Low-power wide-area network

A low-power, wide-area network (LPWAN or LPWA network) is a type of wireless telecommunication wide area network designed to allow long-range communication at a low bit rate between IoT devices, such as sensors operated on a battery.

Low power, low bit rate, and intended use distinguish this type of network from a wireless WAN that is designed to connect users or businesses, and carry more data, using more power. The LPWAN data rate ranges from 0.3 kbit/s to 50 kbit/s per channel.

A LPWAN may be used to create a private wireless sensor network, but may also be a service or infrastructure offered by a third party, allowing the owners of sensors to deploy them in the field without investing in gateway technology.


  1. Range: The operating range of LPWAN technology varies from a few kilometers in urban areas to over 10 km in rural settings. It can also enable effective data communication in previously infeasible indoor and underground locations.
  2. Power: LPWAN manufacturers claim years to decades of usable life from built-in batteries, but real-world application tests have not confirmed this.[1]

Platforms and technologies


Some competing standards and vendors for LPWAN space include:[2]

  • DASH7, a low latency, bi-directional firmware standard that operates over multiple LPWAN radio technologies including LoRa.
  • Wize is an open and royalty-free standard for LPWAN derived from the European Standard Wireless Mbus.[3]
  • Sigfox, UNB-based technology and French company.[4]
  • LoRa is a proprietary, chirp spread spectrum radio modulation technology for LPWAN used by LoRaWAN, Haystack Technologies, and Symphony Link.[5][6]
  • MIoTy, implementing Telegram Splitting technology.
  • Weightless is an open standard, narrowband technology for LPWAN used by Ubiik
  • ELTRES, a LPWA technology developed by Sony, with transmission ranges of over 100 km while moving at speeds of 100 km/h.[7]
  • IEEE 802.11ah, also known as Wi-Fi HaLow, is a low-power, wide-area implementation of 802.11 wireless networking standard using sub-gig frequencies.[8]

Ultra-narrow band


Ultra Narrowband (UNB), modulation technology used for LPWAN by various companies including:


  • DASH7 Mode 2 development framework for low power wireless networks, by Haystack Technologies.[12] Runs over many wireless radio standards like LoRa, LTE, 802.15.4g, and others.
  • LTE Advanced for Machine Type Communications (LTE-M), an evolution of LTE communications for connected things by 3GPP.[13]
  • MySensors, DIY Home Automation framework supporting different radios including LoRa.
  • NarrowBand IoT (NB-IoT), standardization effort by 3GPP for a LPWAN used in cellular networks.[14]
  • Random phase multiple access (RPMA) from Ingenu, formerly known as On-Ramp Wireless, is based on a variation of CDMA technology for cellular phones, but uses unlicensed 2.4 GHz spectrum.[15][16] RPMA is used in GE's AMI metering.[17]
  • Byron, a direct-sequence spread spectrum (DSSS) technology from Taggle Systems in Australia.[18]
  • Wi-SUN, based on IEEE 802.15.4g.[19]

See also



  1. ^ Singh, Ritesh Kumar; Puluckul, Priyesh Pappinisseri; Berkvens, Rafael; Weyn, Maarten (2020-08-25). "Energy Consumption Analysis of LPWAN Technologies and Lifetime Estimation for IoT Application". Sensors (Basel, Switzerland). 20 (17): 4794. Bibcode:2020Senso..20.4794S. doi:10.3390/s20174794. ISSN 1424-8220. PMC 7506725. PMID 32854350.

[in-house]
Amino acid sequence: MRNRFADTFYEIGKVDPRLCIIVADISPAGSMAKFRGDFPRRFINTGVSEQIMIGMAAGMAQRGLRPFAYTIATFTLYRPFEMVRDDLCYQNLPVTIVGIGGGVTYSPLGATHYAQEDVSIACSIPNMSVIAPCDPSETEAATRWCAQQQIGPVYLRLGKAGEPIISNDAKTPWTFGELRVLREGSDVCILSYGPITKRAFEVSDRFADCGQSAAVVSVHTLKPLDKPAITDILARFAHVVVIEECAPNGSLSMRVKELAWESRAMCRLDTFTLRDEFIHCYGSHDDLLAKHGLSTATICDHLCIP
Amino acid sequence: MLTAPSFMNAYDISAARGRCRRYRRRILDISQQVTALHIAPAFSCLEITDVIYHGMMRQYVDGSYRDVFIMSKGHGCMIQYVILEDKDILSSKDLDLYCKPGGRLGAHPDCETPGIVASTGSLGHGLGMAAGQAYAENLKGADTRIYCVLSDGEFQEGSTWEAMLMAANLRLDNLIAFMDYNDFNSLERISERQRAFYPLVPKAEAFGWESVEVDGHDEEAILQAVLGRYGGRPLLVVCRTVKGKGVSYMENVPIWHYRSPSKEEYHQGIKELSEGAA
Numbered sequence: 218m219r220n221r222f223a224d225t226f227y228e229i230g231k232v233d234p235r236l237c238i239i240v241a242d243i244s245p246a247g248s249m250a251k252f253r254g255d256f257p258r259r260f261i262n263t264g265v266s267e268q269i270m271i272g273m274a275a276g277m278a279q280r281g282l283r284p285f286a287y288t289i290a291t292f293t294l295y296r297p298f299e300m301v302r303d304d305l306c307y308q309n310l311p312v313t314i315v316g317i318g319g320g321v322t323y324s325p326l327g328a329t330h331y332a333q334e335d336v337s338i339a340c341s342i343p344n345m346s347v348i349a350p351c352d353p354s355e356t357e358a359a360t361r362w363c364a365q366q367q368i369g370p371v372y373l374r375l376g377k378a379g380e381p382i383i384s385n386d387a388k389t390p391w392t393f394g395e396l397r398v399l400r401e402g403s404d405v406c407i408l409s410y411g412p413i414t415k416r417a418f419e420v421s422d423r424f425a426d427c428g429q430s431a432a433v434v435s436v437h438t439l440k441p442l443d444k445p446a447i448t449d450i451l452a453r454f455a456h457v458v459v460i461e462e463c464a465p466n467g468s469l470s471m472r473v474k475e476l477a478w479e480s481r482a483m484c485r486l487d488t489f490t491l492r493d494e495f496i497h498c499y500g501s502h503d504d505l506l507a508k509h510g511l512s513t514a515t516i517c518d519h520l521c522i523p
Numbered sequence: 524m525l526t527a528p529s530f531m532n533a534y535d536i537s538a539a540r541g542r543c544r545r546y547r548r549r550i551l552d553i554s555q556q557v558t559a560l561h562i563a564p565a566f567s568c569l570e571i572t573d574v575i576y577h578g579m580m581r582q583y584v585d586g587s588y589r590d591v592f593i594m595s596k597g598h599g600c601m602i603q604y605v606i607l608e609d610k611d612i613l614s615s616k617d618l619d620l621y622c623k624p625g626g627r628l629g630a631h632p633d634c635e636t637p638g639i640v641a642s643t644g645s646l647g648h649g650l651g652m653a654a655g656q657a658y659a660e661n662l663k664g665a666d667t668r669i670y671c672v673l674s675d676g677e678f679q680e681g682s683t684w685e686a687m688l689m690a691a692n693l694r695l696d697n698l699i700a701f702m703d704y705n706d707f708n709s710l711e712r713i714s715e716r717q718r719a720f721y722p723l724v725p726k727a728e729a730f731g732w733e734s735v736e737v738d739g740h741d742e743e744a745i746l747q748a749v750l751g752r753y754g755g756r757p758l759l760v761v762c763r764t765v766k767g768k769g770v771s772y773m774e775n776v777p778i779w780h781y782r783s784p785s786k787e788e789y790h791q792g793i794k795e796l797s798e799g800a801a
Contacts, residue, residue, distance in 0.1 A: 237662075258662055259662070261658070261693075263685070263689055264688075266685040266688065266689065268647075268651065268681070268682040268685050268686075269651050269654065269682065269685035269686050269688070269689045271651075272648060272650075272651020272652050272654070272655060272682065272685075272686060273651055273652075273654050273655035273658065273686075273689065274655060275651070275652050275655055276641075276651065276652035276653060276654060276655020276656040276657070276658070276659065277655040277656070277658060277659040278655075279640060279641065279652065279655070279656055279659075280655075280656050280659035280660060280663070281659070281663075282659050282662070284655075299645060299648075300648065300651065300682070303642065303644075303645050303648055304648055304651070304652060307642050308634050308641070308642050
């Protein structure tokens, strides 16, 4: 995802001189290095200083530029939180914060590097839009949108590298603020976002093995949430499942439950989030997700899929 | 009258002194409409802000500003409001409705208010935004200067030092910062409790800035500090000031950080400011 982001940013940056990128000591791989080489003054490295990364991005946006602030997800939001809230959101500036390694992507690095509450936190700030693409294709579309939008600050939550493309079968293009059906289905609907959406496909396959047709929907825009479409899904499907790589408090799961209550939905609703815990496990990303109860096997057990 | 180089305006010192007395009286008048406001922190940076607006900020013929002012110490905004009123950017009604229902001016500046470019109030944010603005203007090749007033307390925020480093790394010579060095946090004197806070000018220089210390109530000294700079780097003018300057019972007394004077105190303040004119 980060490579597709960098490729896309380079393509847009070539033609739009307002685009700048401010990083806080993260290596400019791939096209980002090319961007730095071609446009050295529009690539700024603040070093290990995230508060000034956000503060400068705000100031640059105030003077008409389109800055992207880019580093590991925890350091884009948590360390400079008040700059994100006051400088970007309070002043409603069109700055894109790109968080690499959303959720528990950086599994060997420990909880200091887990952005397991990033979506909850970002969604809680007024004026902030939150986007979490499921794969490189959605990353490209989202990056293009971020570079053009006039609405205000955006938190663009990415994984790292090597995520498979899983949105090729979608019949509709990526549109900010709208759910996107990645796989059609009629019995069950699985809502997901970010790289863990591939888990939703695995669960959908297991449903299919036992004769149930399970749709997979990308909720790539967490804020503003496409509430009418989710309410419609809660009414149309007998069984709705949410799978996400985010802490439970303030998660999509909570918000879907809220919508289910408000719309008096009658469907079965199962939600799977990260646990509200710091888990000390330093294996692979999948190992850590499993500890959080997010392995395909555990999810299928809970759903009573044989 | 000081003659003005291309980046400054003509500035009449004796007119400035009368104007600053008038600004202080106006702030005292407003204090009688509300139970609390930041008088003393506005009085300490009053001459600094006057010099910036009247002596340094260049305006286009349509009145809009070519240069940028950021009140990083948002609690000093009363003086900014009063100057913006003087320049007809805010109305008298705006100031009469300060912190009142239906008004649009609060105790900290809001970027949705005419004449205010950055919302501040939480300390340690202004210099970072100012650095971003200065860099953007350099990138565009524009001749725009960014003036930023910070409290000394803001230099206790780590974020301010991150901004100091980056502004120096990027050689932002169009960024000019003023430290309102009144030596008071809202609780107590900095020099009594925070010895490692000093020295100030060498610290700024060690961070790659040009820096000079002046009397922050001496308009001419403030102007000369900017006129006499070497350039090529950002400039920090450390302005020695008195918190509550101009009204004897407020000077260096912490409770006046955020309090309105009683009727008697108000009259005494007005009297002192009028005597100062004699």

2. ^ Sanchez-Iborra, Ramon; Cano, Maria-Dolores (2016). "State of the Art in LP-WAN Solutions for Industrial IoT Services". Sensors. 16 (5): 708. Bibcode:2016Senso..16..708S. doi:10.3390/s16050708. PMC 4883399. PMID 27196909.
  3. ^ Sheldon, John (2019-06-25). "French IoT Satellite Company Kinéis Announces Strategic Partnerships With Objenious And Wize Alliance". SpaceWatch.Global. Retrieved 2019-08-02.
  4. ^ "SIGFOX Technology". Retrieved 2016-02-01.
  5. ^ "What is LoRaWAN?". Link Labs. Retrieved 2023-01-09.
  6. ^ Jesus Sanchez-Gomez; Ramon Sanchez-Iborra (2017). "Experimental comparison of LoRa and FSK as IoT-communication-enabling modulations". IEEE Global Communications Conference (Globecom'17). doi:10.1109/GLOCOM.2017.8254530. S2CID 44010035.
  7. ^ "ELTRES Technology". Sony Semiconductor Solutions Group. Retrieved 2022-08-10.
  8. ^ IEEE Standard for Information technology--Telecommunications and information exchange between systems - Local and metropolitan area networks--Specific requirements - Part 11: Wireless LAN Medium Access Control (MAC) and Physical Layer (PHY) Specifications Amendment 2: Sub 1 GHZ License Exempt Operation. doi:10.1109/IEEESTD.2017.7920364. ISBN 978-1-5044-3911-4.
  9. ^ "SIGFOX Technology". Retrieved 2016-02-01.
  10. ^ "Weightless-N – Weightless". www.weightless.org. Retrieved 2016-02-01.
  11. ^ "What is NB-Fi Protocol – WAVIoT LPWAN". WAVIoT LPWAN. Retrieved 2018-05-18.
  12. ^ "Framework Details". haystacktechnologies.com. Retrieved 2016-02-01.
  13. ^ Flynn, Kevin. "Evolution of LTE in Release 13". www.3gpp.org. Retrieved 2016-02-01.
  14. ^ "LTE-M, NB-LTE-M, & NB-IOT: Three 3GPP IoT Technologies To Get Familiar With". Link Labs. Retrieved 2016-02-01.
  15. ^ Freeman, Mike (2015-09-08). "On-Ramp Wireless becomes Ingenu, launches nationwide IoT network". The San Diego Union-Tribune. Retrieved 2015-09-14.
  16. ^ "Ingenu Launches the US's Newest IoT Network". Light Reading. Retrieved 2015-09-14.
  17. ^ St. John, Jeff (2013-02-01). "GE Dives Into AMI Fray With On-Ramp Wireless: Greentech Media". Retrieved 2015-09-14.
  18. ^ Guiterrez, Peter (October 13, 2016). "How Taggle is spreading LPWAN across Australia". IoT HUB. Retrieved September 23, 2021.
  19. ^ "Wi-SUN Alliance". Wi-SUN Alliance. 2018-08-15. Retrieved 2019-12-16.